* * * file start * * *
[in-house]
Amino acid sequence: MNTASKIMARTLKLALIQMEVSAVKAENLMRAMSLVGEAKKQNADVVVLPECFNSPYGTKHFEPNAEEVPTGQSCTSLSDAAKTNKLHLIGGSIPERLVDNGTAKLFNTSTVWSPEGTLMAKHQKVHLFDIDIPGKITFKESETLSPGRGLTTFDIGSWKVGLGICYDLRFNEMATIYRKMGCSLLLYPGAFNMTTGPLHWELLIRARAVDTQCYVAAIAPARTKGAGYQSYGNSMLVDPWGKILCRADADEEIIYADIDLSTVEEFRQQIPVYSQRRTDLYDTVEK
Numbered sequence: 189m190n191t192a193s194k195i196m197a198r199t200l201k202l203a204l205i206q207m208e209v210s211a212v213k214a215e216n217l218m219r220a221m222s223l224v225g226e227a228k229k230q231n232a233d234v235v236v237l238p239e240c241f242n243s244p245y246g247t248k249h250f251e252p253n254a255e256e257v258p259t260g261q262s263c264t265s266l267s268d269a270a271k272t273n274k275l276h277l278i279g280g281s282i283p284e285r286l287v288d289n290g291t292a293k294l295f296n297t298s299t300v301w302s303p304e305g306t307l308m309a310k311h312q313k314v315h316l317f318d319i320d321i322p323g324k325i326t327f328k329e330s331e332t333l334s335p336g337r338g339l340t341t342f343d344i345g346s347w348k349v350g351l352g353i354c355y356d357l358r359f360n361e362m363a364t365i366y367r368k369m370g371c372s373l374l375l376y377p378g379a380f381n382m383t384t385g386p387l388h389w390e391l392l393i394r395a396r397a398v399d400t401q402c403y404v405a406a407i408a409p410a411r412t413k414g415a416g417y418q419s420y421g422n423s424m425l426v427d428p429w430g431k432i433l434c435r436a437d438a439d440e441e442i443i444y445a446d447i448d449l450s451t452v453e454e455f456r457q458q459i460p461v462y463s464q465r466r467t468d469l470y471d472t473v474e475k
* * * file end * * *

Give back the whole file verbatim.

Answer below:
[in-house]
Amino acid sequence: MNTASKIMARTLKLALIQMEVSAVKAENLMRAMSLVGEAKKQNADVVVLPECFNSPYGTKHFEPNAEEVPTGQSCTSLSDAAKTNKLHLIGGSIPERLVDNGTAKLFNTSTVWSPEGTLMAKHQKVHLFDIDIPGKITFKESETLSPGRGLTTFDIGSWKVGLGICYDLRFNEMATIYRKMGCSLLLYPGAFNMTTGPLHWELLIRARAVDTQCYVAAIAPARTKGAGYQSYGNSMLVDPWGKILCRADADEEIIYADIDLSTVEEFRQQIPVYSQRRTDLYDTVEK
Numbered sequence: 189m190n191t192a193s194k195i196m197a198r199t200l201k202l203a204l205i206q207m208e209v210s211a212v213k214a215e216n217l218m219r220a221m222s223l224v225g226e227a228k229k230q231n232a233d234v235v236v237l238p239e240c241f242n243s244p245y246g247t248k249h250f251e252p253n254a255e256e257v258p259t260g261q262s263c264t265s266l267s268d269a270a271k272t273n274k275l276h277l278i279g280g281s282i283p284e285r286l287v288d289n290g291t292a293k294l295f296n297t298s299t300v301w302s303p304e305g306t307l308m309a310k311h312q313k314v315h316l317f318d319i320d321i322p323g324k325i326t327f328k329e330s331e332t333l334s335p336g337r338g339l340t341t342f343d344i345g346s347w348k349v350g351l352g353i354c355y356d357l358r359f360n361e362m363a364t365i366y367r368k369m370g371c372s373l374l375l376y377p378g379a380f381n382m383t384t385g386p387l388h389w390e391l392l393i394r395a396r397a398v399d400t401q402c403y404v405a406a407i408a409p410a411r412t413k414g415a416g417y418q419s420y421g422n423s424m425l426v427d428p429w430g431k432i433l434c435r436a437d438a439d440e441e442i443i444y445a446d447i448d449l450s451t452v453e454e455f456r457q458q459i460p461v462y463s464q465r466r467t468d469l470y471d472t473v474e475k